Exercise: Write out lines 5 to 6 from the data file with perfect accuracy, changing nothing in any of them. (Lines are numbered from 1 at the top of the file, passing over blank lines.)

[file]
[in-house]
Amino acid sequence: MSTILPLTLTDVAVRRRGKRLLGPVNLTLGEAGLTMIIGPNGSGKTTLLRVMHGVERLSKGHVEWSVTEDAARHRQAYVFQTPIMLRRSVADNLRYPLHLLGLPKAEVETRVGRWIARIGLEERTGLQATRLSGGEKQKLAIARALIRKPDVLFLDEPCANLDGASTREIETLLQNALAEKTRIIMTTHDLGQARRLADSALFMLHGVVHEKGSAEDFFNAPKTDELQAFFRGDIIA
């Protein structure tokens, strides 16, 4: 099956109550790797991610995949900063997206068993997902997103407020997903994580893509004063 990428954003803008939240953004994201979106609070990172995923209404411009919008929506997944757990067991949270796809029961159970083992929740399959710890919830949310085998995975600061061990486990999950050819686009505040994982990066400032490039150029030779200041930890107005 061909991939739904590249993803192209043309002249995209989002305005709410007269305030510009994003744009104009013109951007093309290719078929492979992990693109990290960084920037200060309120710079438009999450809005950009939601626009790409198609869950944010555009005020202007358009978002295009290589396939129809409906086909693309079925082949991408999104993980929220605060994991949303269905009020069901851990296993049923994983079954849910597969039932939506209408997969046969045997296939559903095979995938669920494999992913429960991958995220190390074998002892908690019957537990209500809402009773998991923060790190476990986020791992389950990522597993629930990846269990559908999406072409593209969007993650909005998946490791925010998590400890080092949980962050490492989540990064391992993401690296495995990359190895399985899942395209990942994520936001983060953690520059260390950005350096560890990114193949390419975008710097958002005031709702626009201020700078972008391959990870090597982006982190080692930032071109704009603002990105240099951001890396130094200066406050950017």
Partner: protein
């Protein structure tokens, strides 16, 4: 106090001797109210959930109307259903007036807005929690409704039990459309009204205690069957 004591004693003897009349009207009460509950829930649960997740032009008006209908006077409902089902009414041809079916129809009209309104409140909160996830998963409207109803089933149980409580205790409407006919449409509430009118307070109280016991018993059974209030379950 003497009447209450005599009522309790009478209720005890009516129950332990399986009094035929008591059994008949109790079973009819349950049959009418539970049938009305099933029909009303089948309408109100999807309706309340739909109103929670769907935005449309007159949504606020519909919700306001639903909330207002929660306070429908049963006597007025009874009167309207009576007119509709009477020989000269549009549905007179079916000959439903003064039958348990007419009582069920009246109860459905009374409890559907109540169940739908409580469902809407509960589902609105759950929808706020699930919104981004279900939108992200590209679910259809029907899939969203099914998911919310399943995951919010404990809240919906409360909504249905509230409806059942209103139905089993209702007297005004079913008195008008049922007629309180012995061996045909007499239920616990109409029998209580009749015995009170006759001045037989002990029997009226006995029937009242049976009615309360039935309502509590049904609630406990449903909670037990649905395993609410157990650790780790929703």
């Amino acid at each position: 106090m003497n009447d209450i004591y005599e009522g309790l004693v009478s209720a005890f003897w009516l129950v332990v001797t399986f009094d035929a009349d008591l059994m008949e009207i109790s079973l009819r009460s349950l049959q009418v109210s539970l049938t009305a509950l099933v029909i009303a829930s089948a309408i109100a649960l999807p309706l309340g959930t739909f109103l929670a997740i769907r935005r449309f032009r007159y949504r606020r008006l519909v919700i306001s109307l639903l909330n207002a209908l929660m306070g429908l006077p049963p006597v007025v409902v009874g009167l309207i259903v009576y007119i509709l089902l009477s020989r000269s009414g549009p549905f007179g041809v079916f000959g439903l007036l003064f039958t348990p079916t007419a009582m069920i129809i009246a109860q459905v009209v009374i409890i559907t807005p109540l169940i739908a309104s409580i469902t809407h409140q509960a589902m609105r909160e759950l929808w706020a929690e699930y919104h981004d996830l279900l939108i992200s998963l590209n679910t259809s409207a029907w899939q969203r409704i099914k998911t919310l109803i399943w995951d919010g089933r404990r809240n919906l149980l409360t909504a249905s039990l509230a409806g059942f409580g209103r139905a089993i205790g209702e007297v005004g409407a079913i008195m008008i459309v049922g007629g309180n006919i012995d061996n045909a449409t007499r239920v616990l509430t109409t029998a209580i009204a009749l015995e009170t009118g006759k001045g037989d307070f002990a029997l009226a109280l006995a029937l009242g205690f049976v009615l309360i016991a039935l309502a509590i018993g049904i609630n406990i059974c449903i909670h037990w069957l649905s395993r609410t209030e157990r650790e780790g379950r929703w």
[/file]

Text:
């Protein structure tokens, strides 16, 4: 106090001797109210959930109307259903007036807005929690409704039990459309009204205690069957 004591004693003897009349009207009460509950829930649960997740032009008006209908006077409902089902009414041809079916129809009209309104409140909160996830998963409207109803089933149980409580205790409407006919449409509430009118307070109280016991018993059974209030379950 003497009447209450005599009522309790009478209720005890009516129950332990399986009094035929008591059994008949109790079973009819349950049959009418539970049938009305099933029909009303089948309408109100999807309706309340739909109103929670769907935005449309007159949504606020519909919700306001639903909330207002929660306070429908049963006597007025009874009167309207009576007119509709009477020989000269549009549905007179079916000959439903003064039958348990007419009582069920009246109860459905009374409890559907109540169940739908409580469902809407509960589902609105759950929808706020699930919104981004279900939108992200590209679910259809029907899939969203099914998911919310399943995951919010404990809240919906409360909504249905509230409806059942209103139905089993209702007297005004079913008195008008049922007629309180012995061996045909007499239920616990109409029998209580009749015995009170006759001045037989002990029997009226006995029937009242049976009615309360039935309502509590049904609630406990449903909670037990649905395993609410157990650790780790929703």
């Amino acid at each position: 106090m003497n009447d209450i004591y005599e009522g309790l004693v009478s209720a005890f003897w009516l129950v332990v001797t399986f009094d035929a009349d008591l059994m008949e009207i109790s079973l009819r009460s349950l049959q009418v109210s539970l049938t009305a509950l099933v029909i009303a829930s089948a309408i109100a649960l999807p309706l309340g959930t739909f109103l929670a997740i769907r935005r449309f032009r007159y949504r606020r008006l519909v919700i306001s109307l639903l909330n207002a209908l929660m306070g429908l006077p049963p006597v007025v409902v009874g009167l309207i259903v009576y007119i509709l089902l009477s020989r000269s009414g549009p549905f007179g041809v079916f000959g439903l007036l003064f039958t348990p079916t007419a009582m069920i129809i009246a109860q459905v009209v009374i409890i559907t807005p109540l169940i739908a309104s409580i469902t809407h409140q509960a589902m609105r909160e759950l929808w706020a929690e699930y919104h981004d996830l279900l939108i992200s998963l590209n679910t259809s409207a029907w899939q969203r409704i099914k998911t919310l109803i399943w995951d919010g089933r404990r809240n919906l149980l409360t909504a249905s039990l509230a409806g059942f409580g209103r139905a089993i205790g209702e007297v005004g409407a079913i008195m008008i459309v049922g007629g309180n006919i012995d061996n045909a449409t007499r239920v616990l509430t109409t029998a209580i009204a009749l015995e009170t009118g006759k001045g037989d307070f002990a029997l009226a109280l006995a029937l009242g205690f049976v009615l309360i016991a039935l309502a509590i018993g049904i609630n406990i059974c449903i909670h037990w069957l649905s395993r609410t209030e157990r650790e780790g379950r929703w």